Variety trials

Each year we start with more than 30 different varieties of potato, and each year we look for that one, perfect potato that we can use to make the very best fries and potato specialities.

 

Why do we conduct variety trials?

We first need to go back in time. Until 1994, the only potatoes used to make fries in Western Europe were Bintjes. However, Farm Frites has now developed a range of varieties that can be used to make potato products, partly to spread the risk. In addition, Farm Frites no longer just grows potatoes in Europe, but worldwide. We therefore work with many different climates and soil types; in Western Europe and parts of Argentina and China we grow potatoes in a sea climate, and in Egypt in a desert climate.

 

Added value

A new variety must provide added value – it is as simple as that. Farm Frites is therefore always looking for better varieties to be able to make even better chilled and frozen fries and potato specialities such as mashed potato, potato wedges and potato pancakes. We therefore grow different varieties for use in our wide range of products.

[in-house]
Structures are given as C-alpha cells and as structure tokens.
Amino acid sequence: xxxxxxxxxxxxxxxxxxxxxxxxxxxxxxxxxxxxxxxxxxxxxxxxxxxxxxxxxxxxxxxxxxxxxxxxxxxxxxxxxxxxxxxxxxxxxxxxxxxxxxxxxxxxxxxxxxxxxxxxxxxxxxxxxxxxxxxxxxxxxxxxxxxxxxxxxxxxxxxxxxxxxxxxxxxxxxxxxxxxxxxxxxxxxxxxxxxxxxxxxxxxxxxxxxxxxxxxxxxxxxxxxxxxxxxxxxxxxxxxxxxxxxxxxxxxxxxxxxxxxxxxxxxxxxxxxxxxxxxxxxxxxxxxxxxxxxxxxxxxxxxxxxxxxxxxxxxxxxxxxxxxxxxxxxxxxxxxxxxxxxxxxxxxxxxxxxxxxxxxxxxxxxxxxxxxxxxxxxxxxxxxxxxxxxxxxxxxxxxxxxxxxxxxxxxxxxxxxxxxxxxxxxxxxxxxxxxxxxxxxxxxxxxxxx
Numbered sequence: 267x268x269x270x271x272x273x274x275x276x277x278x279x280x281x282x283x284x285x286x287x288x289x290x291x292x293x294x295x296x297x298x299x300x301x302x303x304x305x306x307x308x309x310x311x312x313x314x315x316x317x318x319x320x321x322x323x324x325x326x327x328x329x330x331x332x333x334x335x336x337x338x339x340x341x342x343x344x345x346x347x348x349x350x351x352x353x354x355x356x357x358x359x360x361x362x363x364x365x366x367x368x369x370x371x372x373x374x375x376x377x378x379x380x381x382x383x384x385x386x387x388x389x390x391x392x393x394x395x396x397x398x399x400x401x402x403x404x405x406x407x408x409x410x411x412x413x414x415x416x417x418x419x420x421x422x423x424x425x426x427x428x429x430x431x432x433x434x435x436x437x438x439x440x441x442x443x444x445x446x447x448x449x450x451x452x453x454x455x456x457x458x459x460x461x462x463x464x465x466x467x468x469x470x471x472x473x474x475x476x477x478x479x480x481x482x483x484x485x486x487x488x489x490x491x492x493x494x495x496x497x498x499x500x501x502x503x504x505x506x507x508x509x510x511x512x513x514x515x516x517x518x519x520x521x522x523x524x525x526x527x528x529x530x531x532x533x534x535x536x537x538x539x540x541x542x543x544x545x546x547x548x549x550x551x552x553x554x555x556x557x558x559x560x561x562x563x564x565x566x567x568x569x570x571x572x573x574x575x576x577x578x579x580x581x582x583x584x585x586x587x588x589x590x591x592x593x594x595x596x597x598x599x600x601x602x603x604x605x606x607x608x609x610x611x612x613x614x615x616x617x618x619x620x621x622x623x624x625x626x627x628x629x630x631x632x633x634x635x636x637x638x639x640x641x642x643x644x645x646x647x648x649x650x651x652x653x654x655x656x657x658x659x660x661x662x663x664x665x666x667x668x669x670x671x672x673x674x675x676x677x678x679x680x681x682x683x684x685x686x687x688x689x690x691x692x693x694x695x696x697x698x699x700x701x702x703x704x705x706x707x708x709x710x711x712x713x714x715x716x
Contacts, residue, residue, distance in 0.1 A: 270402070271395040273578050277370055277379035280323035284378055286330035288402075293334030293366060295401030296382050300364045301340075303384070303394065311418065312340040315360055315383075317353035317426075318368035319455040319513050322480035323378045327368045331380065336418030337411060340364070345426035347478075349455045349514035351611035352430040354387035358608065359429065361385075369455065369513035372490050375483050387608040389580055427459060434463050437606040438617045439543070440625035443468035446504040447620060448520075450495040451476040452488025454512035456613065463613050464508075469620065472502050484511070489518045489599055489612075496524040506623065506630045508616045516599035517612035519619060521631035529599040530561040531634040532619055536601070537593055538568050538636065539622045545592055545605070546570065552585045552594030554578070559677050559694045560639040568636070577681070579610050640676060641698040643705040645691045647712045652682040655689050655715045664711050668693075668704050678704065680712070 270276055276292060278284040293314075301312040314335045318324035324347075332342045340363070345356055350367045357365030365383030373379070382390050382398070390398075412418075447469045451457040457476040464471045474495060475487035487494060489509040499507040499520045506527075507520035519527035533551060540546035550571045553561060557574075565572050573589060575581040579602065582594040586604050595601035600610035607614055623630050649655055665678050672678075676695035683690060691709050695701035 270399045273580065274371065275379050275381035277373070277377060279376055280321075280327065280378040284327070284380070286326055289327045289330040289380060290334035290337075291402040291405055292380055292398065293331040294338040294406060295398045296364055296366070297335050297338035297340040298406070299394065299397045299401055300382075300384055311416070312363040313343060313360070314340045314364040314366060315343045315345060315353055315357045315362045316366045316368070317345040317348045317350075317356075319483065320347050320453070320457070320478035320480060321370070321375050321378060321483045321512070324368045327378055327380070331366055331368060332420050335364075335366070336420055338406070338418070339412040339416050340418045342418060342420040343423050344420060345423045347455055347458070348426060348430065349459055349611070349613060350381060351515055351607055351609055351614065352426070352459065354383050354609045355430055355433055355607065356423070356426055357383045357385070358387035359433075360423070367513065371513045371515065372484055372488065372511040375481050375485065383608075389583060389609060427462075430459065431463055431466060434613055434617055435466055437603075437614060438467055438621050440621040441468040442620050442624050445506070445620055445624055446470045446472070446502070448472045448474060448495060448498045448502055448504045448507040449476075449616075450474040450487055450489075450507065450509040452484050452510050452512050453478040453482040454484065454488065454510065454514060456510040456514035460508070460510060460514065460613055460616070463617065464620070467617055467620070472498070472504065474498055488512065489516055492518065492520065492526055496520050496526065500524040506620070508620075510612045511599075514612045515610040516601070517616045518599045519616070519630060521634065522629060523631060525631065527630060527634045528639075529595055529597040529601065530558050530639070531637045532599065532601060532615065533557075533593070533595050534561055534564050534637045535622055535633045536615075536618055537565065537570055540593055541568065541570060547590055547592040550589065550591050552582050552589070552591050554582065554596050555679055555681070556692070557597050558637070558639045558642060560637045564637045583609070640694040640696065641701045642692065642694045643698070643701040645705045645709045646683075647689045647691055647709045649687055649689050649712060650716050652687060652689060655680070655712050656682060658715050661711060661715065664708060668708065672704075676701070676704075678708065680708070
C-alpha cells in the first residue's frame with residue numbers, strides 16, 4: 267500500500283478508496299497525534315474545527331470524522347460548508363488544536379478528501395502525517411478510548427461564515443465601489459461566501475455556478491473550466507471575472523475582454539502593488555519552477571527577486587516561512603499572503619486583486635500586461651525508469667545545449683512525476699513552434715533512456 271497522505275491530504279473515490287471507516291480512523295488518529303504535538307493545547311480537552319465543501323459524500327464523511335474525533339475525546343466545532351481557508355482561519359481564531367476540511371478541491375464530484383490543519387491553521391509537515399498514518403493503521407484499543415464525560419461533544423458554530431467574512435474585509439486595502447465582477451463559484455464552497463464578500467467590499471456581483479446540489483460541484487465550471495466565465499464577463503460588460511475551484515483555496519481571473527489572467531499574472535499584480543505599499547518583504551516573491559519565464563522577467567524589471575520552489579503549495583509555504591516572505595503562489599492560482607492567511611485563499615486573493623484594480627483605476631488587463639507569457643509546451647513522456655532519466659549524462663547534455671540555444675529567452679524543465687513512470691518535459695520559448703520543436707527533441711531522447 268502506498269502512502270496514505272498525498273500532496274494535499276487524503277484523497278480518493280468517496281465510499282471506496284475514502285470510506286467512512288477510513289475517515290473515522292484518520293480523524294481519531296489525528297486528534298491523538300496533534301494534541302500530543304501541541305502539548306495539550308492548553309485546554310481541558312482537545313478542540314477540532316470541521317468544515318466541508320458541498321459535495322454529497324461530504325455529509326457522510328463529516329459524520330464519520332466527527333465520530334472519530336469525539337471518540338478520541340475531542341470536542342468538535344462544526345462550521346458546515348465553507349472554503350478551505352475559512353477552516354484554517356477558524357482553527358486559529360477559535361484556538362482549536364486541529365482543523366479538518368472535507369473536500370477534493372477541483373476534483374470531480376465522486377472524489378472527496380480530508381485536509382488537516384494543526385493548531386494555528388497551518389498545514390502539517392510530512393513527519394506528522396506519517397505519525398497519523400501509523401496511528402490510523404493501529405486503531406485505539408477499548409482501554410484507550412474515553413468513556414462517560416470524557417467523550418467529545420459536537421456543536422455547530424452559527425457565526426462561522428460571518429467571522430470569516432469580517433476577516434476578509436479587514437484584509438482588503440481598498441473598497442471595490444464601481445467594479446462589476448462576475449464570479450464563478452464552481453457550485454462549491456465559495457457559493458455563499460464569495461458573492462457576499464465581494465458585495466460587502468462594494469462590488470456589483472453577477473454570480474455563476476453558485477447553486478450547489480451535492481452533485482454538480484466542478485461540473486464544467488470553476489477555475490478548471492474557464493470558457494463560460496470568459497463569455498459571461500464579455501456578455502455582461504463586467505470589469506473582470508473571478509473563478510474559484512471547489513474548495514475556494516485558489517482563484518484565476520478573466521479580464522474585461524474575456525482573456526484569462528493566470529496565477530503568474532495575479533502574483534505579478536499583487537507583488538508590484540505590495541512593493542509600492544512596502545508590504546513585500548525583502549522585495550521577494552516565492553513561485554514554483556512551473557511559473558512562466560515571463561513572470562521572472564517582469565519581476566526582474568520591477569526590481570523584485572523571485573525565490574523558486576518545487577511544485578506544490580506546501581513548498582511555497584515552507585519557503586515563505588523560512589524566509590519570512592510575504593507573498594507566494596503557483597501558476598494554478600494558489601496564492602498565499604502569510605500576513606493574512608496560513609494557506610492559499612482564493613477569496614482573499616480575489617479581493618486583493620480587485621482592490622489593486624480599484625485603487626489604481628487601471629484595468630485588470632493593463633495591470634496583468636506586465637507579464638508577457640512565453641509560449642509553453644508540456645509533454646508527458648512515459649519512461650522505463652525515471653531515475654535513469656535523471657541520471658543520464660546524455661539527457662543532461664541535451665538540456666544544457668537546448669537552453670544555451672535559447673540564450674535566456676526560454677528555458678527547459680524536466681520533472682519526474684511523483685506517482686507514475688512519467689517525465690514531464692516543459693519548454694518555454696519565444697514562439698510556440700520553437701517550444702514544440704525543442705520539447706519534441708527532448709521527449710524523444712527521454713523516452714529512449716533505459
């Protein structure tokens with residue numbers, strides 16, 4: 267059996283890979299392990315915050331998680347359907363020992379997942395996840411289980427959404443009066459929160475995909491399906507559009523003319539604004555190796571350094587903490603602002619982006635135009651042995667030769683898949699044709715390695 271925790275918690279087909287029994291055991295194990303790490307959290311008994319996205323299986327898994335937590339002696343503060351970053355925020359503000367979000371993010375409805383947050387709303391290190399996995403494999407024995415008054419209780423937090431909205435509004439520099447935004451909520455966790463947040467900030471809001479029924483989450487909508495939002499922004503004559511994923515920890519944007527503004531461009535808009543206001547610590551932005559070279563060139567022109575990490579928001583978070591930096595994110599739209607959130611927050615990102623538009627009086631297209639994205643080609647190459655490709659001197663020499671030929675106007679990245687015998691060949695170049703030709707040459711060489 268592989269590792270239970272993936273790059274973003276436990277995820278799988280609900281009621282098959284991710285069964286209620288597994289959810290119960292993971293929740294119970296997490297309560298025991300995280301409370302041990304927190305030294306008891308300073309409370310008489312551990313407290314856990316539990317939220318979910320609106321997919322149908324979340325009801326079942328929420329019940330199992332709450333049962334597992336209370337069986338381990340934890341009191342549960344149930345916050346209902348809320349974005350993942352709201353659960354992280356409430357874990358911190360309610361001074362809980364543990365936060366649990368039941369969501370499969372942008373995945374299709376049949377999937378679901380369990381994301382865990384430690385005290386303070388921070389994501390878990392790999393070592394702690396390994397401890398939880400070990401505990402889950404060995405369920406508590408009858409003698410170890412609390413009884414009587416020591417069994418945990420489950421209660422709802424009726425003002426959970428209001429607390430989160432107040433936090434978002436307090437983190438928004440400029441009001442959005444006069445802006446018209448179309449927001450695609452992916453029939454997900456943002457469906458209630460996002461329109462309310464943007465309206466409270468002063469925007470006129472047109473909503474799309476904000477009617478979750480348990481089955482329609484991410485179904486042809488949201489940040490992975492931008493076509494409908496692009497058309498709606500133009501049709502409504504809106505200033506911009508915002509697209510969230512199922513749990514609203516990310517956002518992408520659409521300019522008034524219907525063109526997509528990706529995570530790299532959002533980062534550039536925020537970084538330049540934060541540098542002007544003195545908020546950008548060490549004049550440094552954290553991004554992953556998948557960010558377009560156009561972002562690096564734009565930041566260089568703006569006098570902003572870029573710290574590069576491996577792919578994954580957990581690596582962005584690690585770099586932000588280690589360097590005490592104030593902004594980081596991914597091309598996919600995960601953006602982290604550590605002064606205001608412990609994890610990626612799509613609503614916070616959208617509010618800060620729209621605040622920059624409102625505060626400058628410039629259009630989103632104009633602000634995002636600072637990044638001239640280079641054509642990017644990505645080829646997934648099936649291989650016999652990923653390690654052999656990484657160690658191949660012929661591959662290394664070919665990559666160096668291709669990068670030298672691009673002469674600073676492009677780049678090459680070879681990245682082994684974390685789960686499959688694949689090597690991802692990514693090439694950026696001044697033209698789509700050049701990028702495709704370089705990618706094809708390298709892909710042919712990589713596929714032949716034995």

Selection criteria

We select potatoes with a high yield and the right shape and length. Yield is very important – the more tons produced per hectare, the more fries we can make. A potato needs to be long and have ‘shoulders’ – in other words, it needs to be wide at the top and bottom to be able to produce a lot of long fries from one potato. The specific gravity also plays an important role. If this is high, the dry matter content of the potato is also high, which is good for making fries. If it is too low, we end up with soft fries.

 

Test phase

If the potato properties match Farm Frites requirements, we can start the test phase. In the first, year, we start with about 30 new varieties that we grow on small test plots. The new varieties are also tested at various Farm Frites production locations, so that we have a good idea of how they do in different climates and soils.

 

Many varieties are dropped as the years go by, and eventually we are left with about five varieties that are planted out in larger fields. These ‘top five’ are tested for the following quality characteristics: yield, specific gravity, length, eyes (defects), weight, cooking quality and storage properties.

After eight (!) years, we are finally left with one variety that Farm Frites believes is good enough to be used in Farm Frites products.